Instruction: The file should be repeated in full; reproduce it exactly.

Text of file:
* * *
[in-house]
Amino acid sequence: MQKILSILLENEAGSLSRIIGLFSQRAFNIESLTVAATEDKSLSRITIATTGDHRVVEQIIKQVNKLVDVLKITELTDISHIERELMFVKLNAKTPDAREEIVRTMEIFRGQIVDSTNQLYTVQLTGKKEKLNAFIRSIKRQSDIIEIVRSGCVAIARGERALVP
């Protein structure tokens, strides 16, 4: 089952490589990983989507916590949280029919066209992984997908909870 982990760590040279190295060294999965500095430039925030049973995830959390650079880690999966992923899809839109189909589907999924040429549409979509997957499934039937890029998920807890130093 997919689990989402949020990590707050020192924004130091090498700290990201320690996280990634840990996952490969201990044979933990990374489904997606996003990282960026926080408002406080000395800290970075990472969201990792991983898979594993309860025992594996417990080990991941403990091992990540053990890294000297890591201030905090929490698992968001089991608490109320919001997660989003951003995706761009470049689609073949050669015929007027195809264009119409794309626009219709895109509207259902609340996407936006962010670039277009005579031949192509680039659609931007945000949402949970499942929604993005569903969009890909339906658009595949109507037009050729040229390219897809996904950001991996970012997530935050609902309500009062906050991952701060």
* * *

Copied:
[in-house]
Amino acid sequence: MQKILSILLENEAGSLSRIIGLFSQRAFNIESLTVAATEDKSLSRITIATTGDHRVVEQIIKQVNKLVDVLKITELTDISHIERELMFVKLNAKTPDAREEIVRTMEIFRGQIVDSTNQLYTVQLTGKKEKLNAFIRSIKRQSDIIEIVRSGCVAIARGERALVP
């Protein structure tokens, strides 16, 4: 089952490589990983989507916590949280029919066209992984997908909870 982990760590040279190295060294999965500095430039925030049973995830959390650079880690999966992923899809839109189909589907999924040429549409979509997957499934039937890029998920807890130093 997919689990989402949020990590707050020192924004130091090498700290990201320690996280990634840990996952490969201990044979933990990374489904997606996003990282960026926080408002406080000395800290970075990472969201990792991983898979594993309860025992594996417990080990991941403990091992990540053990890294000297890591201030905090929490698992968001089991608490109320919001997660989003951003995706761009470049689609073949050669015929007027195809264009119409794309626009219709895109509207259902609340996407936006962010670039277009005579031949192509680039659609931007945000949402949970499942929604993005569903969009890909339906658009595949109507037009050729040229390219897809996904950001991996970012997530935050609902309500009062906050991952701060």